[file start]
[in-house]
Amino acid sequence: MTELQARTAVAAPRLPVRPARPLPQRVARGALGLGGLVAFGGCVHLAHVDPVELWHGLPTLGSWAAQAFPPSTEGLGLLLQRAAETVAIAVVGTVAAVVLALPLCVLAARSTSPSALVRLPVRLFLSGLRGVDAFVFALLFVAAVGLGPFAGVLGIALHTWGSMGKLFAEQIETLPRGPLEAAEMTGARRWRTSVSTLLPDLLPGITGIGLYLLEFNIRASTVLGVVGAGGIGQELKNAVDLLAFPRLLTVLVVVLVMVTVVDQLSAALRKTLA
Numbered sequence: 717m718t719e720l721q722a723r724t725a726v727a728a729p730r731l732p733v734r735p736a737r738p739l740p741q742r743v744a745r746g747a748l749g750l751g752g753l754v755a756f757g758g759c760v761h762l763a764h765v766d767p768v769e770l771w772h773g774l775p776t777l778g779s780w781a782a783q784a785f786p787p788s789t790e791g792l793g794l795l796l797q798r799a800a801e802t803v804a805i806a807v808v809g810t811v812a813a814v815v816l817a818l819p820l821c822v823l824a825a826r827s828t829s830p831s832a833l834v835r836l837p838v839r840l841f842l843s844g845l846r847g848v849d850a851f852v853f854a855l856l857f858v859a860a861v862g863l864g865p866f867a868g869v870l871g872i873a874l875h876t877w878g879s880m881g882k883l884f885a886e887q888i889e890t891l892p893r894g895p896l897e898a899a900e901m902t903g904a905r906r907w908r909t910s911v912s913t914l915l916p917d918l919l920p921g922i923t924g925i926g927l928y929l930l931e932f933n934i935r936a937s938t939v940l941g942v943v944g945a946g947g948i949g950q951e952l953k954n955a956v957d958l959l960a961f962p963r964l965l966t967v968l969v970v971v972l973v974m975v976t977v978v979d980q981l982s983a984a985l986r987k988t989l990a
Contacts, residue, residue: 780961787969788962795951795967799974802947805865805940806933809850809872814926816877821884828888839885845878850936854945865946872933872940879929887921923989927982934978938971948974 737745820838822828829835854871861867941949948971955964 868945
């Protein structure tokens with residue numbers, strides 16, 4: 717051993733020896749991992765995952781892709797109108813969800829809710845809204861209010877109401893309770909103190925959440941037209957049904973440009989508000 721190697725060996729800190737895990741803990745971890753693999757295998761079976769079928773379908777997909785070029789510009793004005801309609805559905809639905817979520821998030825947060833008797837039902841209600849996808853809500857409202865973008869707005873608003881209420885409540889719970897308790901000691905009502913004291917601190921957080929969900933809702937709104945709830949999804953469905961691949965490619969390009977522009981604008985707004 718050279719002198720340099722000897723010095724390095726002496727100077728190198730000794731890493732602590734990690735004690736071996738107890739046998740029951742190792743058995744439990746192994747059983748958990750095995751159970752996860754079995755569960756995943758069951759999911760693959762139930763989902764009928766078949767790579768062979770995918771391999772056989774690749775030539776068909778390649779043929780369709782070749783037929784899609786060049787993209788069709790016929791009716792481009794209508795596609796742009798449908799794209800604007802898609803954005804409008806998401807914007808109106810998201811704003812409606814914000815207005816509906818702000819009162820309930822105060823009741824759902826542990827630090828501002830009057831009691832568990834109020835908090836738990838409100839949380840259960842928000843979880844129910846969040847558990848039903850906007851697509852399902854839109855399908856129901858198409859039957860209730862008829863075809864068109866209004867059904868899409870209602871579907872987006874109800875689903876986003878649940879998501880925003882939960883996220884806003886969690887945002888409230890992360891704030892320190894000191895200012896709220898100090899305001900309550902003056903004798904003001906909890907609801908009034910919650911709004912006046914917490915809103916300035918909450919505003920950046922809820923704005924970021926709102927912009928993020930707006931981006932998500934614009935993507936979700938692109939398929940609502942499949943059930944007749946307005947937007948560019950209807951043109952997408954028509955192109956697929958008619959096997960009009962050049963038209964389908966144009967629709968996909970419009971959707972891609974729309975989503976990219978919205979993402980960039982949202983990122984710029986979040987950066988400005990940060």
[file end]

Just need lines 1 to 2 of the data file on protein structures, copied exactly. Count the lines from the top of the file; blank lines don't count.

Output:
[in-house]
Amino acid sequence: MTELQARTAVAAPRLPVRPARPLPQRVARGALGLGGLVAFGGCVHLAHVDPVELWHGLPTLGSWAAQAFPPSTEGLGLLLQRAAETVAIAVVGTVAAVVLALPLCVLAARSTSPSALVRLPVRLFLSGLRGVDAFVFALLFVAAVGLGPFAGVLGIALHTWGSMGKLFAEQIETLPRGPLEAAEMTGARRWRTSVSTLLPDLLPGITGIGLYLLEFNIRASTVLGVVGAGGIGQELKNAVDLLAFPRLLTVLVVVLVMVTVVDQLSAALRKTLA